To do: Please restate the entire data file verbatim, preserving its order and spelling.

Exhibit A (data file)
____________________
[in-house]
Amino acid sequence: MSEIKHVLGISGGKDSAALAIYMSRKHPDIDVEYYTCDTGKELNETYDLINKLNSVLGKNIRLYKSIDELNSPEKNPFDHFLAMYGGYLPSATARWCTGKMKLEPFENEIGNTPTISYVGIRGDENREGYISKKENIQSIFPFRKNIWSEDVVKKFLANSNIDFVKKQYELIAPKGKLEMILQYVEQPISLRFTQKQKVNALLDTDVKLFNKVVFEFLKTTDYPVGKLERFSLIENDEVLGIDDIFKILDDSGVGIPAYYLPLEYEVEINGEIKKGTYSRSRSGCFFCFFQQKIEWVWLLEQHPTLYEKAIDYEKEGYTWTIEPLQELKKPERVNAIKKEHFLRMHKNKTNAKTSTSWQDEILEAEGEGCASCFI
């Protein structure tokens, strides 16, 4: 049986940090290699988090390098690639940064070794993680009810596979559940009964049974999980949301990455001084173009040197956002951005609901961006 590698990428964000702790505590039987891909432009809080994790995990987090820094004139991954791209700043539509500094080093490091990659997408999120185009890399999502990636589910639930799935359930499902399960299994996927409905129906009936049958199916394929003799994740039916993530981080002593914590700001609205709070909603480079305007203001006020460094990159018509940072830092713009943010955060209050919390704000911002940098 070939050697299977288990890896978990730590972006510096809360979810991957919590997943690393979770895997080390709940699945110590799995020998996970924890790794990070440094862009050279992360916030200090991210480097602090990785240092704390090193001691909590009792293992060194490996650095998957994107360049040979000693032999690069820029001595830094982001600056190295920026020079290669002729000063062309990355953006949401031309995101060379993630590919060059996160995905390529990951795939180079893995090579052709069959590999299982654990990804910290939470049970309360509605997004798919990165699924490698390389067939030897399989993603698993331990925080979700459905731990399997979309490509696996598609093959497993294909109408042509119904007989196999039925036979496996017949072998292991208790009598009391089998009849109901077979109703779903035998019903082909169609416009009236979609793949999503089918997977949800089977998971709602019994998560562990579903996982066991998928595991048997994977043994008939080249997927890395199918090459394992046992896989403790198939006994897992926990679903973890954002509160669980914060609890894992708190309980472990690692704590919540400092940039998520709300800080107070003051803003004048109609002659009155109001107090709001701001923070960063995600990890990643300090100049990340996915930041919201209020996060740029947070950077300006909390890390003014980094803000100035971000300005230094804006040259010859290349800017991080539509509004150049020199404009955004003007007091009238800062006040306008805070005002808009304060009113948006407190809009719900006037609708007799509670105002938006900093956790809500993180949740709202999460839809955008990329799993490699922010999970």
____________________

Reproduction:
[in-house]
Amino acid sequence: MSEIKHVLGISGGKDSAALAIYMSRKHPDIDVEYYTCDTGKELNETYDLINKLNSVLGKNIRLYKSIDELNSPEKNPFDHFLAMYGGYLPSATARWCTGKMKLEPFENEIGNTPTISYVGIRGDENREGYISKKENIQSIFPFRKNIWSEDVVKKFLANSNIDFVKKQYELIAPKGKLEMILQYVEQPISLRFTQKQKVNALLDTDVKLFNKVVFEFLKTTDYPVGKLERFSLIENDEVLGIDDIFKILDDSGVGIPAYYLPLEYEVEINGEIKKGTYSRSRSGCFFCFFQQKIEWVWLLEQHPTLYEKAIDYEKEGYTWTIEPLQELKKPERVNAIKKEHFLRMHKNKTNAKTSTSWQDEILEAEGEGCASCFI
């Protein structure tokens, strides 16, 4: 049986940090290699988090390098690639940064070794993680009810596979559940009964049974999980949301990455001084173009040197956002951005609901961006 590698990428964000702790505590039987891909432009809080994790995990987090820094004139991954791209700043539509500094080093490091990659997408999120185009890399999502990636589910639930799935359930499902399960299994996927409905129906009936049958199916394929003799994740039916993530981080002593914590700001609205709070909603480079305007203001006020460094990159018509940072830092713009943010955060209050919390704000911002940098 070939050697299977288990890896978990730590972006510096809360979810991957919590997943690393979770895997080390709940699945110590799995020998996970924890790794990070440094862009050279992360916030200090991210480097602090990785240092704390090193001691909590009792293992060194490996650095998957994107360049040979000693032999690069820029001595830094982001600056190295920026020079290669002729000063062309990355953006949401031309995101060379993630590919060059996160995905390529990951795939180079893995090579052709069959590999299982654990990804910290939470049970309360509605997004798919990165699924490698390389067939030897399989993603698993331990925080979700459905731990399997979309490509696996598609093959497993294909109408042509119904007989196999039925036979496996017949072998292991208790009598009391089998009849109901077979109703779903035998019903082909169609416009009236979609793949999503089918997977949800089977998971709602019994998560562990579903996982066991998928595991048997994977043994008939080249997927890395199918090459394992046992896989403790198939006994897992926990679903973890954002509160669980914060609890894992708190309980472990690692704590919540400092940039998520709300800080107070003051803003004048109609002659009155109001107090709001701001923070960063995600990890990643300090100049990340996915930041919201209020996060740029947070950077300006909390890390003014980094803000100035971000300005230094804006040259010859290349800017991080539509509004150049020199404009955004003007007091009238800062006040306008805070005002808009304060009113948006407190809009719900006037609708007799509670105002938006900093956790809500993180949740709202999460839809955008990329799993490699922010999970």